On Special Report, Fred Barnes and Charles Krauthammer echoed other conservatives in claiming that the Community Reinvestment Act and efforts to expand affordable housing are at least in part to blame for the home foreclosure crisis. But as experts have noted, the CRA does not govern the vast majority of subprime lenders.
On MSNBC Live, Norah O'Donnell asked Dina ElBoghdady to "explain" why the "centerpiece of the federal program to help struggling homeowners has been a complete failure," but the two noted only HUD Secretary Steve Preston's assertion that, in O'Donnell's words, "it's Congress to blame." Neither O'Donnell nor ElBoghdady mentioned any Democratic criticism of the Bush administration's handling of the Housing and Economic Recovery Act.
Radio host Lars Larson played a spoof "Barney Frank for President" advertisement, in which a person said: "Now remember, this Erection Day -- Election Day, vote for Barney Frank for President. I'm Barney Fag -- uh, Frank and I approve this massage -- message." Larson also baselessly suggested that Frank allowed his relationship in the 1990s with a Fannie Mae official to improperly influence his conduct as a member of the House Financial Services Committee. In fact, Frank repeatedly took actions over the years to strengthen oversight of Fannie Mae and Freddie Mac.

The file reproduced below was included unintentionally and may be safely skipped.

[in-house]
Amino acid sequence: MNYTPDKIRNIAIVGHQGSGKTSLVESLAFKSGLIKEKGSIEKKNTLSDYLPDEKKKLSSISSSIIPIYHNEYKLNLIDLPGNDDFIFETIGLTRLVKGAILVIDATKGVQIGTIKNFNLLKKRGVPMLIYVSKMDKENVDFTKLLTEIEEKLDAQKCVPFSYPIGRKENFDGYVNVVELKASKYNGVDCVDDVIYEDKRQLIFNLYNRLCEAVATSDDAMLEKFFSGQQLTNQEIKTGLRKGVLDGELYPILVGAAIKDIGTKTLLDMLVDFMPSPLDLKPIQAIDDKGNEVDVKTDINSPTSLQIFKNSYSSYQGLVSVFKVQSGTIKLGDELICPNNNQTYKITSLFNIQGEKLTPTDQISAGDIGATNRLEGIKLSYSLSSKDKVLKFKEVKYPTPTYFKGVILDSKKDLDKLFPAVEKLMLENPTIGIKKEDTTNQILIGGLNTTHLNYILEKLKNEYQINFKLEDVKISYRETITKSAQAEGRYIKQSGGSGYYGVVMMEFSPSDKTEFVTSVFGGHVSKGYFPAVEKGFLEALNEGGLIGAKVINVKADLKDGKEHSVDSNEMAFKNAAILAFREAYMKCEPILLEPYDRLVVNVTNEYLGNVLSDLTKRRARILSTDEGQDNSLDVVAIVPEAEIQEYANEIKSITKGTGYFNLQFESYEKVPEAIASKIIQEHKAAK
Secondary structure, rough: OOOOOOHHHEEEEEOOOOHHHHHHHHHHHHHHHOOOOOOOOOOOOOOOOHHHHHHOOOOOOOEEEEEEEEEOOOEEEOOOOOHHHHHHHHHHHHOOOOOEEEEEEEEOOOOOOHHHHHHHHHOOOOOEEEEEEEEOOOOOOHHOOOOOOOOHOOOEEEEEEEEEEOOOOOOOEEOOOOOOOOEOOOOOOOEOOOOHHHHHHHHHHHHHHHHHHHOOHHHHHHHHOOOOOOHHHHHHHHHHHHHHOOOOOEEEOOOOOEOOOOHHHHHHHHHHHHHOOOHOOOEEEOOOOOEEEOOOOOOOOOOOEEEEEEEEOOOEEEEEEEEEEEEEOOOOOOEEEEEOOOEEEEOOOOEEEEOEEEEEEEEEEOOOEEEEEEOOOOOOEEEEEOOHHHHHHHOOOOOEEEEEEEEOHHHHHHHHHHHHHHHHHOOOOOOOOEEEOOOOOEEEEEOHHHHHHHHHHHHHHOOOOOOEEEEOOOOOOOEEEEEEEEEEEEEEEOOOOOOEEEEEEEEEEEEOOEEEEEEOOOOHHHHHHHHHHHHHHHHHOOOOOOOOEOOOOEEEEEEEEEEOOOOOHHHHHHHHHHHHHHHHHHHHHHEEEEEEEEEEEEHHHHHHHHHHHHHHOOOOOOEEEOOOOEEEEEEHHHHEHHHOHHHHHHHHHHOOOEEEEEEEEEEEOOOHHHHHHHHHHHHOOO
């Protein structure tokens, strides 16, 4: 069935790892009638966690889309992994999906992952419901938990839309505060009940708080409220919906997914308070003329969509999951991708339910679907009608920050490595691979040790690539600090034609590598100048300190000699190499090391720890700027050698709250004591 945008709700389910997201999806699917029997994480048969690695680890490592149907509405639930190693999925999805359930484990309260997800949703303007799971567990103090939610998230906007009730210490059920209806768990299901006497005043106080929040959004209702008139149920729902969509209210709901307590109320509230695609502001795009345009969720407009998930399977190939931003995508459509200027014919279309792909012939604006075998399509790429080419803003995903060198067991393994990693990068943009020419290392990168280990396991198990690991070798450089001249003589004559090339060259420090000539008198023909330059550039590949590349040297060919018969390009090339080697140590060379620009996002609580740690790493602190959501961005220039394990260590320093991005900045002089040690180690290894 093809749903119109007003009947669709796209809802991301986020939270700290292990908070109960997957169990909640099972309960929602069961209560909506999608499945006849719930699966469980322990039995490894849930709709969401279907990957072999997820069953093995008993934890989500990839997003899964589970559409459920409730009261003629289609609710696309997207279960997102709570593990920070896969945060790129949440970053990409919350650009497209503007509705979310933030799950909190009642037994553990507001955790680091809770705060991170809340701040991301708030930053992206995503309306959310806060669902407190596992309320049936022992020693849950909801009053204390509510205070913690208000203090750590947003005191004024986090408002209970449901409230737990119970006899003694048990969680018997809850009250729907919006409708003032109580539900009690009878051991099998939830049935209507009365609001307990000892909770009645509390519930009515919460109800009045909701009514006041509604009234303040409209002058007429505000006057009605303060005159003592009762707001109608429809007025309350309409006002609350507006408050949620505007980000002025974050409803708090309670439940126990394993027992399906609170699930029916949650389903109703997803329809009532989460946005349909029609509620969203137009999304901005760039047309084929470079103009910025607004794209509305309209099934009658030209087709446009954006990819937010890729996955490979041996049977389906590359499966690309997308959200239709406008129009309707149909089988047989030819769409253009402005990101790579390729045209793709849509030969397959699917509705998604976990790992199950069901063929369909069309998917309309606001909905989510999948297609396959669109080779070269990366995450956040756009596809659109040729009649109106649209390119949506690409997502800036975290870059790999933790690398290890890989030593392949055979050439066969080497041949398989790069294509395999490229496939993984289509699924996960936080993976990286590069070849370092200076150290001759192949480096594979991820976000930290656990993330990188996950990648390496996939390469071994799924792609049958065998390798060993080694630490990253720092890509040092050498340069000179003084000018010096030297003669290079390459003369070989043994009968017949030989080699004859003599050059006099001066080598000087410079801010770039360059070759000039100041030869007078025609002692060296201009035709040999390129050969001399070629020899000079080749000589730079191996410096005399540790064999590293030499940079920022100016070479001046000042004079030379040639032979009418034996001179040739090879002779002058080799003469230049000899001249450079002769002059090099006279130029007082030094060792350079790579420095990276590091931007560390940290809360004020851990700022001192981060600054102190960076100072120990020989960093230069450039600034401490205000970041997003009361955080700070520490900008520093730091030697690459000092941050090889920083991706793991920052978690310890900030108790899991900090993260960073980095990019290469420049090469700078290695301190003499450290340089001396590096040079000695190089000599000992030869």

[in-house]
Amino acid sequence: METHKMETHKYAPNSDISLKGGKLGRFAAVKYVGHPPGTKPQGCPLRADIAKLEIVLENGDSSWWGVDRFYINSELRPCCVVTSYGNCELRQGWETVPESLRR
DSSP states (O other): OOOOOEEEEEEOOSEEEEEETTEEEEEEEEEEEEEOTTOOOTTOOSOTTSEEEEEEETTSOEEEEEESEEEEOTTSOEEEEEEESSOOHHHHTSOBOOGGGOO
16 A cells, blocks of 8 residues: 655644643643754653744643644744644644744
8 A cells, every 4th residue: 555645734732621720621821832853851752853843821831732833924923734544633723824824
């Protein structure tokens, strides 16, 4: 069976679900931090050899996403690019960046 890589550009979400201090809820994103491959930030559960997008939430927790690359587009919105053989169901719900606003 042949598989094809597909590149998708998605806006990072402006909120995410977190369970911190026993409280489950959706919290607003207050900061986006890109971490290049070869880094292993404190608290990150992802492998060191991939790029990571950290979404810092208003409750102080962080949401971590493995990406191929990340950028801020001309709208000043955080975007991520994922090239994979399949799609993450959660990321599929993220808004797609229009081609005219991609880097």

Rush Limbaugh and KSFO's Lee Rodgers repeated a variation of the claim that the U.S. Department of Housing and Urban Development (HUD) gave "5 million illegal aliens" subprime loans that they have not paid back. Quinn & Rose's Jim Quinn also cited the 5 million statistic without citing a source for the figure. None of these radio hosts noted that HUD has reportedly stated that this statistic is false.
Conservative and other media figures -- echoing a reported strategy on the part of Republicans -- have attempted to lay blame for the financial crisis on proponents of the expansion of affordable housing. Those attacks are premised on several myths and falsehoods.
On Hannity & Colmes, The Wall Street Journal's John Fund falsely claimed that ACORN "almost got a slush fund in the housing bailout bill a few weeks ago." In fact, neither the September draft proposal nor the final version of the bill contained any language mentioning ACORN.
On his radio show, Neal Boortz baselessly suggested that Rep. Barney Frank "was protecting Fannie Mae for about seven or eight years in the 1990s because his lover, his boyfriend was working for Fannie Mae, pushing out these subprime mortgage packages." Boortz provided no evidence to support his suggestion that Frank allowed his personal relationship to affect his work in Congress. In fact, Frank repeatedly took actions over the years to strengthen oversight of Fannie Mae and Freddie Mac.
The New York Times uncritically quoted Sen. John McCain saying of Sen. Barack Obama: "[A]s recently as September of last year he said that subprime loans had been, quote, a good idea." The article did not mention that McCain was distorting Obama's comments from a September 2007 speech, as several media outlets -- including the Times -- noted when McCain previously made the same accusation against Obama.